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Emily Warren Roebling Plaza
© Alexa Hoyer
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Emily Warren Roebling Plaza

OPENED DECEMBER 9, 2021

This area beneath the Brooklyn Bridge is a flexible public plaza space that adds two acres of parkland and links the Main Street & John Street park sections to the southern piers, a crucial connection point that enhances the flow of pedestrian traffic in the Park, while providing a moment to observe the incredible Brooklyn Bridge from below. This project marks the completion of the Park as originally planned and honor the rich history of the Brooklyn Bridge.

Named in honor of Emily Warren Roebling, who is known for her work ensuring the completion of the Brooklyn Bridge, this final section of the Park pays tribute to the rich history of the Bridge. Emily Warren Roebling Plaza features a large hardscaped area designed with concrete pavers that echo the pattern and engineering of the above Bridge and is surrounded by landscaped trees, lawns, and benches. The adjacent Empire Fulton Ferry Lawn reopened earlier this year after renovations to better connect the two spaces. This project also includes the installation of over one hundred protective bollards stretching from Old Fulton Street and Furman Street to Water Street and New Dock Street, for enhanced pedestrian safety.

Catch a preview of Emily Warren Roebling Plaza on CBS Morning Show, The history of the Brooklyn Bridge: “Such an iconic piece of New York City and beyond”

From NY1: The finishing touch on Brooklyn Bridge Park is here 

 

PLANNING

In 2018, Brooklyn Bridge Park and the Brooklyn Bridge Park Community Advisory Council retained a team of professors and graduate students from Pratt Institute’s School of Architecture to conduct a community engagement process to lead a Vision Plan for this space.

Read more about this study and the findings here.

The Purchase Building Lintel Signage

The Purchase Building, built in 1936 as a project of the Works Progress Administration, was a two-story Art Deco structure located directly underneath the Brooklyn Bridge. The building served many purposes in service of the City of New York, originally as a warehouse for the City’s “Department of Purchase.” For many decades following, it was used for other city agencies, and for a short time after September 11th it was the temporary home of the Office of Emergency Management (OEM). As part of the design of Brooklyn Bridge Park, the Landmarks Preservation Commission authorized the demolition of the vacant Purchase Building stating that “the location of the building complex obscures the base of the Brooklyn Bridge tower, and detracts from its special architectural and historic character” and that “removing these buildings will reestablish the historic open character of the space beneath the bridge.” When the Purchase Building was demolished, the building’s lintel, the structural horizontal support above the main doorway, was salvaged for historical purposes. The lintel is now integrated into a central plant bed in Emily Warren Roebling Plaza, as an homage to the history of the space.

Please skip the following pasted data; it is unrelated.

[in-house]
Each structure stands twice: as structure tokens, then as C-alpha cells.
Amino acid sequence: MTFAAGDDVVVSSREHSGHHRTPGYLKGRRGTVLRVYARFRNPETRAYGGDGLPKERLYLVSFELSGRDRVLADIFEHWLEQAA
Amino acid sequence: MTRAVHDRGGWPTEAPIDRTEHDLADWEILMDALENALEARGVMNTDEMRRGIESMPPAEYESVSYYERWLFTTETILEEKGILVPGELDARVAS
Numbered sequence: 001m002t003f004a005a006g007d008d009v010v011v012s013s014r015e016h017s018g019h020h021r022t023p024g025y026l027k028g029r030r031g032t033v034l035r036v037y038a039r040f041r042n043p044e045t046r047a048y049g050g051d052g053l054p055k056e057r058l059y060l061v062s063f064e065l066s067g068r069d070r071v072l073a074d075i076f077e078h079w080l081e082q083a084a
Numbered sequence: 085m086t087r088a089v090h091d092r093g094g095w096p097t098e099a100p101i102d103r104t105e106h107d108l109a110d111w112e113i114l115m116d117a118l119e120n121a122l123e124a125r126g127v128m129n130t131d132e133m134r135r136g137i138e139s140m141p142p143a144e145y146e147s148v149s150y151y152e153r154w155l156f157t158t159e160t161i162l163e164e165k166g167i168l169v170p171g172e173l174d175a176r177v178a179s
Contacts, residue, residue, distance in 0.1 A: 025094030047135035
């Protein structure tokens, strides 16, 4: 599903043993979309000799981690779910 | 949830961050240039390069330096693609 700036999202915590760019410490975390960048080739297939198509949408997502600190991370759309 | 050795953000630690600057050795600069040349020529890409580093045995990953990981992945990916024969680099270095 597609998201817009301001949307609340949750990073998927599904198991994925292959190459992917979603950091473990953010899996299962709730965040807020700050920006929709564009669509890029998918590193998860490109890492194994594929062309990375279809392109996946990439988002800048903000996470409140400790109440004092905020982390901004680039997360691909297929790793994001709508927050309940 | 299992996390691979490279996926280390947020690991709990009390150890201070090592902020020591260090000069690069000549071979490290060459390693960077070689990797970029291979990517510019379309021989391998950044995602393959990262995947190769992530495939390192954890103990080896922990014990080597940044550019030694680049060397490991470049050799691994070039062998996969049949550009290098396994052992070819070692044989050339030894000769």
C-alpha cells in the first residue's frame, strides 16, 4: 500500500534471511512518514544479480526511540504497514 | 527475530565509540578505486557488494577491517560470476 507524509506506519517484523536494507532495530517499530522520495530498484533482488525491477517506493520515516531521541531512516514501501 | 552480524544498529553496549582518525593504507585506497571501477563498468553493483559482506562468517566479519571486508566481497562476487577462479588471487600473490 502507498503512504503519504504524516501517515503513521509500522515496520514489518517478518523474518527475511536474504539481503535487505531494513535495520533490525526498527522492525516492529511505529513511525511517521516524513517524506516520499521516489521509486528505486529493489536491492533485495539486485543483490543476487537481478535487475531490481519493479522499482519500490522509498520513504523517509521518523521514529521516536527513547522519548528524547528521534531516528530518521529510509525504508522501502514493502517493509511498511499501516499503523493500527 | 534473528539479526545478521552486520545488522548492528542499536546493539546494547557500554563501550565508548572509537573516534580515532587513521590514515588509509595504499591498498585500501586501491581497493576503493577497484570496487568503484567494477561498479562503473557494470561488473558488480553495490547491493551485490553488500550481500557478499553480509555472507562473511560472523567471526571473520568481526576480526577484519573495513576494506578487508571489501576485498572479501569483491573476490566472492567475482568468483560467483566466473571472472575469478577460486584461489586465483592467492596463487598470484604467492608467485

EMILY WARREN ROEBLING

Born in 1843, Emily Warren Roebling played a key role in the construction of the Brooklyn Bridge. A graduate of Georgetown Visitation Convent in Washington, D.C., Emily was a well-educated woman for her time. In 1872, when her husband Washington Roebling, Chief Engineer of the bridge, was partially disabled with “caisson disease” – a decompression sickness caused by working underwater on the bridge tower excavations – Emily took charge of his communications, studied his plans, copied his specifications, and wrote and explained instructions to his assistant engineers. She played a major role in the raising of the bridge and was what Washington called his “wisest council” and “a woman of infinite tact.” Looking out over the bridge from their home at 110 Columbia Terrace, Emily met with engineers, negotiated details with contractors, corresponded with reporters and trustees, and attended bridge events and lectures.

As construction drew to a close in 1881, Emily fearlessly led Trustees across the bridge on the newly planked promenade, perilously open to the river below. When some Trustees wanted to replace Washington in1882, Emily’s gracious yet stalwart defense saved his position as Chief Engineer. Shortly before the bridge opened, Emily drove a carriage across it at a trot to test for vibrations, carrying with her a rooster, symbolizing victory. When the bridge opened in May 1883, Emily was in the first carriage to cross, and later that day hosted a reception at her Brooklyn Heights home, attended by then President Chester A. Arthur.

Emily Roebling was widely praised for her contributions and in 1896, she traveled alone to Europe, where she was presented to Queen Victoria in London and attended the Coronation of Czar Nicholas II in Moscow. In 1899, she completed the Women’s Law Course at NYU, winning a $50 prize for her essay, “A Wife’s Disabilities,” criticizing legal limits on women’s financial independence. After Emily died in 1903, Washington praised her “remarkable talent,” and “thorough knowledge of the work and plans.” As Abram Hewitt, who later became Mayor, said at its opening ceremony, the Brooklyn Bridge is “an everlasting monument” to Emily’s efforts and self-sacrifice.

 

Researched and written by C.W. Zink

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